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pone-0073310-g004: Appearance and progression of palpable mammary tumors are delayed in PyMT mice treated with AFS98.At 10 weeks of age, MMTV-PyMT mice were treated with 50 mg/kg of mAb AFS98, control rat IgG or PBS, injected IP 3 times per week from week 10 to week 13. A. The appearance of palpable tumors was delayed in AFS98-treated mice. The mean age (in weeks ± SEM) of palpable tumor detection is shown for each of the 3 mouse groups. * Mann-Whitney’s test p<0.05 compared with Rat IgG and PBS-treated mouse group (n = 10). B. Tumor volumes are shown as means ± SEM. * significant difference in tumor volume using Mann-Whitney’s test, p<0.05 between groups treated with Rat IgG and PBS (n = 15). C. Percentages of surviving mice in each group. * Log-rank test p<0.05 compared with the indicated mouse group (n = 10).

Mentions: We aimed at studying the effect of anti-CD115 mAb treatment on the development of these mammary tumors. On tumor sections at the EC stage, all F4/80-positive infiltrating macrophages were stained with an anti-CD115 antibody (Figure S3). In contrast, PyMT tumor cells do not express CD115 [16] and therefore cannot be directly targeted by AFS98 treatment. The mAb was administered (50 mg/kg, IP 3 times per week) to PyMT mice from week 10 to 13, at the time of MIN to EC transition (Figure 3). Palpable mammary tumors appeared significantly later (15.8+/−0.9 weeks, n = 10) than in mice treated with isotype control (13.8+/−1.4 weeks, p = 0.0112, n = 10) or with PBS (14.4+/−1.1 weeks, p = 0.020, n = 10) (Figure 4A). Tumor sizes were significantly reduced with AFS98 at week 13 (p = 0.0149 vs PBS and p = 0.0098 vs rat IgG) and at week 14, after termination of the treatment (p = 0.0183 vs rat IgG- and p = 0.0212 vs PBS-treated mice) (Figure 4B). AFS98 treatment significantly prolonged survival when compared with rat IgG (p = 0.018) (Figure 4C). Of note, treatment with rat IgG had a deleterious effect on survival when compared to the PBS-treated group (p = 0.0283). The therapeutic effect of the anti-CD115 mAb was lost two weeks after cessation of the treatment. This may be explained by the dramatic upregulation of circulating CSF-1, occurring in C57BL/6 (Figure S2) and in PyMT mice (data not shown) following multiple mAb administration.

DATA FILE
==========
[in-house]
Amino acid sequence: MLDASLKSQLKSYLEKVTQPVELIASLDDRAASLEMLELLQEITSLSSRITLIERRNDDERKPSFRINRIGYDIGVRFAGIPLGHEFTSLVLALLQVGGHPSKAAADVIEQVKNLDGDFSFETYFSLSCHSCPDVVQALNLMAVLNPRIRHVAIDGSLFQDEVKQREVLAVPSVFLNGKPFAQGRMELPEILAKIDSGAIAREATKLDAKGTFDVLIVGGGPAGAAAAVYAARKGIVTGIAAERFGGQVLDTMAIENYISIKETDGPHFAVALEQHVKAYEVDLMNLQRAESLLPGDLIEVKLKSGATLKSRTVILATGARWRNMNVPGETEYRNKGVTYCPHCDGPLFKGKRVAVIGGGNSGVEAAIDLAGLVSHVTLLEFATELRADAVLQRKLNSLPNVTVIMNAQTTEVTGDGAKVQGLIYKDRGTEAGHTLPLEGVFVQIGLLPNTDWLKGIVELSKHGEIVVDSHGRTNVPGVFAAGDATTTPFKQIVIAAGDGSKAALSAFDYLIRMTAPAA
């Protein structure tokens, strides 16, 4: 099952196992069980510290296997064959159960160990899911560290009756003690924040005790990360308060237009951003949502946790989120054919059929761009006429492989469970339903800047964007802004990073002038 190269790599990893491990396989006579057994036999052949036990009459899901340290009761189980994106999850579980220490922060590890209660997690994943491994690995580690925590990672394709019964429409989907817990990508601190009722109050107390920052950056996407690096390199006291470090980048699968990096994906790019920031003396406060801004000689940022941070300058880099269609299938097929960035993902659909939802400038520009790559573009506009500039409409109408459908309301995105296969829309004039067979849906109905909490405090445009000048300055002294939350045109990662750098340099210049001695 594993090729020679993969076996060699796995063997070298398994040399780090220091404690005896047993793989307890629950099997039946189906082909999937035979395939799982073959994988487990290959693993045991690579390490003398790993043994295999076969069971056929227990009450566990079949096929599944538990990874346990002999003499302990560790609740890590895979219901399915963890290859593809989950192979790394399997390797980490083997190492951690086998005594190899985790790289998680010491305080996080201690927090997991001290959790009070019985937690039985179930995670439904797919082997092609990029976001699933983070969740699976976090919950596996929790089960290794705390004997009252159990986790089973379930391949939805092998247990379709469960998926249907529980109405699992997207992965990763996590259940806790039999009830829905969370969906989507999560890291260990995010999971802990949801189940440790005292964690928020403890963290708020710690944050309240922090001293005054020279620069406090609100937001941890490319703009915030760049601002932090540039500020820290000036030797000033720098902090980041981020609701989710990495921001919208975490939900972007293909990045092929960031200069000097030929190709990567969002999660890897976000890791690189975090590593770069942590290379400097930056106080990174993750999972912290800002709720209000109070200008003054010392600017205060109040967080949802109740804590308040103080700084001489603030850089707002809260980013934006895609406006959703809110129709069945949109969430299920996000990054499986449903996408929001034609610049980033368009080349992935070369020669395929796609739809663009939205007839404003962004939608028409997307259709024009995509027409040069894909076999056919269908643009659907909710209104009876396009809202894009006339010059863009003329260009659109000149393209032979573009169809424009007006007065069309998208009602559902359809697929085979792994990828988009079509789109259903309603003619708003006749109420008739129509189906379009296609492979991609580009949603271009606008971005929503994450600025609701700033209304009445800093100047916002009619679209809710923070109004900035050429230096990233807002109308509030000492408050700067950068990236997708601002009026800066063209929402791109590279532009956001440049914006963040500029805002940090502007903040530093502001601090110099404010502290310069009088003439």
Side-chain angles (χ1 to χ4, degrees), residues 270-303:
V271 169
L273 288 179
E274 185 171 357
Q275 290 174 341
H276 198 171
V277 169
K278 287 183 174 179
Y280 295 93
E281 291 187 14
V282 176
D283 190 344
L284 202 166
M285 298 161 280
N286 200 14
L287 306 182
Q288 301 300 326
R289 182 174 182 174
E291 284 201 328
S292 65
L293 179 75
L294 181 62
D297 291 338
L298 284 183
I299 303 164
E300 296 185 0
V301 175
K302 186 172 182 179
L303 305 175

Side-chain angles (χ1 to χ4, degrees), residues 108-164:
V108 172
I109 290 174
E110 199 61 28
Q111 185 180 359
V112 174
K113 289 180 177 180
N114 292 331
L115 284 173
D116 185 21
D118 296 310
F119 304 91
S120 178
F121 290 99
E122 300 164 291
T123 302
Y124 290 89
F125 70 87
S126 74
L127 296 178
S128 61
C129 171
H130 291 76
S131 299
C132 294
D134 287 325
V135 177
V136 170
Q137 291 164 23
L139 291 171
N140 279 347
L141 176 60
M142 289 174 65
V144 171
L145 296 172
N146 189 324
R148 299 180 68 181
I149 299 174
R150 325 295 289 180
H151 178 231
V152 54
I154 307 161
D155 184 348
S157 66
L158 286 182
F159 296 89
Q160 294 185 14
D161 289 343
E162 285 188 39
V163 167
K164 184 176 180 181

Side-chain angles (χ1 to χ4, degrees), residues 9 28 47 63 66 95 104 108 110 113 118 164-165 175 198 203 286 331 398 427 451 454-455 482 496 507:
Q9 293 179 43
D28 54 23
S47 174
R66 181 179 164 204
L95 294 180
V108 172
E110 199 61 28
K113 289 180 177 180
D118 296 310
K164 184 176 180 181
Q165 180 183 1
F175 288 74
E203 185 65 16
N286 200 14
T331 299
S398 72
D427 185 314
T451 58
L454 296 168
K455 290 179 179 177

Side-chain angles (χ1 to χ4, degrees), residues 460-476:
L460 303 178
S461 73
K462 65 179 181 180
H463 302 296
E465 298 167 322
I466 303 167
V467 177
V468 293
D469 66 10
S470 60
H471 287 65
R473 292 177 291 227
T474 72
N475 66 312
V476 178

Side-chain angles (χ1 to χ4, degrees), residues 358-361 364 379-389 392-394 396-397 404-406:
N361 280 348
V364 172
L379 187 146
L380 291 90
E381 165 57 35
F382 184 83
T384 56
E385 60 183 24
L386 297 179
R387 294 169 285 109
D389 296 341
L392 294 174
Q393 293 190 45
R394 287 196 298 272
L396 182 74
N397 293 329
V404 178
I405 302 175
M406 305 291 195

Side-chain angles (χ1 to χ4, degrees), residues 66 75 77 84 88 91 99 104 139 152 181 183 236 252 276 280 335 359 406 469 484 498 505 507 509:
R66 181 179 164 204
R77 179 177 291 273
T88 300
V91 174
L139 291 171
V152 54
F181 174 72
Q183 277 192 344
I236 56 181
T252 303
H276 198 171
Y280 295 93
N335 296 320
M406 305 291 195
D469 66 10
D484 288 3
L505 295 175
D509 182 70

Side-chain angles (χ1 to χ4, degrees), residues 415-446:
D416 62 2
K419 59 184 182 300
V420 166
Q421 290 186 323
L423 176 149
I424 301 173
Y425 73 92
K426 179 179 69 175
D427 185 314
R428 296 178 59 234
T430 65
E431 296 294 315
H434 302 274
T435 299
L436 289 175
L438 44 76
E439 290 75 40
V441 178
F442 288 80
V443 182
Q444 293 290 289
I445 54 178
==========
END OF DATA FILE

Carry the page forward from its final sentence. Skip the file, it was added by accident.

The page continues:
Therapeutic effects of anti-CD115 monoclonal antibody in mouse cancer models through dual inhibition of tumor-associated macrophages and osteoclasts.

Fend L, Accart N, Kintz J, Cochin S, Reymann C, Le Pogam F, Marchand JB, Menguy T, Slos P, Rooke R, Fournel S, Bonnefoy JY, Préville X, Haegel H - PLoS ONE (2013)

Appearance and progression of palpable mammary tumors are delayed in PyMT mice treated with AFS98.At 10 weeks of age, MMTV-PyMT mice were treated with 50 mg/kg of mAb AFS98, control rat IgG or PBS, injected IP 3 times per week from week 10 to week 13. A. The appearance of palpable tumors was delayed in AFS98-treated mice. The mean age (in weeks ± SEM) of palpable tumor detection is shown for each of the 3 mouse groups. * Mann-Whitney’s test p<0.05 compared with Rat IgG and PBS-treated mouse group (n = 10). B. Tumor volumes are shown as means ± SEM. * significant difference in tumor volume using Mann-Whitney’s test, p<0.05 between groups treated with Rat IgG and PBS (n = 15). C. Percentages of surviving mice in each group. * Log-rank test p<0.05 compared with the indicated mouse group (n = 10).